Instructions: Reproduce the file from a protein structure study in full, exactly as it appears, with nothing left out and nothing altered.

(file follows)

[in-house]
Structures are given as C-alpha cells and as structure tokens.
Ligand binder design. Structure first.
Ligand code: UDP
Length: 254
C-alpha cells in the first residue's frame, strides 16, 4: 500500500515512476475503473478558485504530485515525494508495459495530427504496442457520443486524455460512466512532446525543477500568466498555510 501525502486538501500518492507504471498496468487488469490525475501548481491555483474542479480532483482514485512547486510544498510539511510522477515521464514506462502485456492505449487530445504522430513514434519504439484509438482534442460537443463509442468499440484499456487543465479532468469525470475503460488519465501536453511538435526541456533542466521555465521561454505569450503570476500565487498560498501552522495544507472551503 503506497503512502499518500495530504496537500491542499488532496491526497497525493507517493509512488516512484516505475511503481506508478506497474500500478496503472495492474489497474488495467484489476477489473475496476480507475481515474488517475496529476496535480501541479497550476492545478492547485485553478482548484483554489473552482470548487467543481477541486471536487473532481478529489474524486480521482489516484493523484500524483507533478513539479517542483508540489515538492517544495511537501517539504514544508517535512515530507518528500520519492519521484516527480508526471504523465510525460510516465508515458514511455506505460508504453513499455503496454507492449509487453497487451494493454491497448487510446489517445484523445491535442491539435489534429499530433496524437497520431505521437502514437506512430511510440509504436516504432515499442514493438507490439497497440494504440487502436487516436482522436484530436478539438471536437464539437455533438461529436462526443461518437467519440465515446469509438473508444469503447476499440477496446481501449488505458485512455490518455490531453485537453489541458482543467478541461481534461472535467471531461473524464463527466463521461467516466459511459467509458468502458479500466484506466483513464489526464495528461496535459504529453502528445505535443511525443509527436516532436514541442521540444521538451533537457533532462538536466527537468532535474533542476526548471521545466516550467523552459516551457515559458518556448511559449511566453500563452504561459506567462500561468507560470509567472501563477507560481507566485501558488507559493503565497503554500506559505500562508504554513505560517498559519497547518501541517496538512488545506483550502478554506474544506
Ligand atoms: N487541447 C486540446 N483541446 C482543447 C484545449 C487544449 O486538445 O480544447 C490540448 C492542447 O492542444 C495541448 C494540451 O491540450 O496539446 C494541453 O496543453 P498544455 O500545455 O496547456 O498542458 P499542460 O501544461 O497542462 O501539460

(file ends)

[in-house]
Structures are given as C-alpha cells and as structure tokens.
Ligand binder design. Structure first.
Ligand code: UDP
Length: 254
C-alpha cells in the first residue's frame, strides 16, 4: 500500500515512476475503473478558485504530485515525494508495459495530427504496442457520443486524455460512466512532446525543477500568466498555510 501525502486538501500518492507504471498496468487488469490525475501548481491555483474542479480532483482514485512547486510544498510539511510522477515521464514506462502485456492505449487530445504522430513514434519504439484509438482534442460537443463509442468499440484499456487543465479532468469525470475503460488519465501536453511538435526541456533542466521555465521561454505569450503570476500565487498560498501552522495544507472551503 503506497503512502499518500495530504496537500491542499488532496491526497497525493507517493509512488516512484516505475511503481506508478506497474500500478496503472495492474489497474488495467484489476477489473475496476480507475481515474488517475496529476496535480501541479497550476492545478492547485485553478482548484483554489473552482470548487467543481477541486471536487473532481478529489474524486480521482489516484493523484500524483507533478513539479517542483508540489515538492517544495511537501517539504514544508517535512515530507518528500520519492519521484516527480508526471504523465510525460510516465508515458514511455506505460508504453513499455503496454507492449509487453497487451494493454491497448487510446489517445484523445491535442491539435489534429499530433496524437497520431505521437502514437506512430511510440509504436516504432515499442514493438507490439497497440494504440487502436487516436482522436484530436478539438471536437464539437455533438461529436462526443461518437467519440465515446469509438473508444469503447476499440477496446481501449488505458485512455490518455490531453485537453489541458482543467478541461481534461472535467471531461473524464463527466463521461467516466459511459467509458468502458479500466484506466483513464489526464495528461496535459504529453502528445505535443511525443509527436516532436514541442521540444521538451533537457533532462538536466527537468532535474533542476526548471521545466516550467523552459516551457515559458518556448511559449511566453500563452504561459506567462500561468507560470509567472501563477507560481507566485501558488507559493503565497503554500506559505500562508504554513505560517498559519497547518501541517496538512488545506483550502478554506474544506
Ligand atoms: N487541447 C486540446 N483541446 C482543447 C484545449 C487544449 O486538445 O480544447 C490540448 C492542447 O492542444 C495541448 C494540451 O491540450 O496539446 C494541453 O496543453 P498544455 O500545455 O496547456 O498542458 P499542460 O501544461 O497542462 O501539460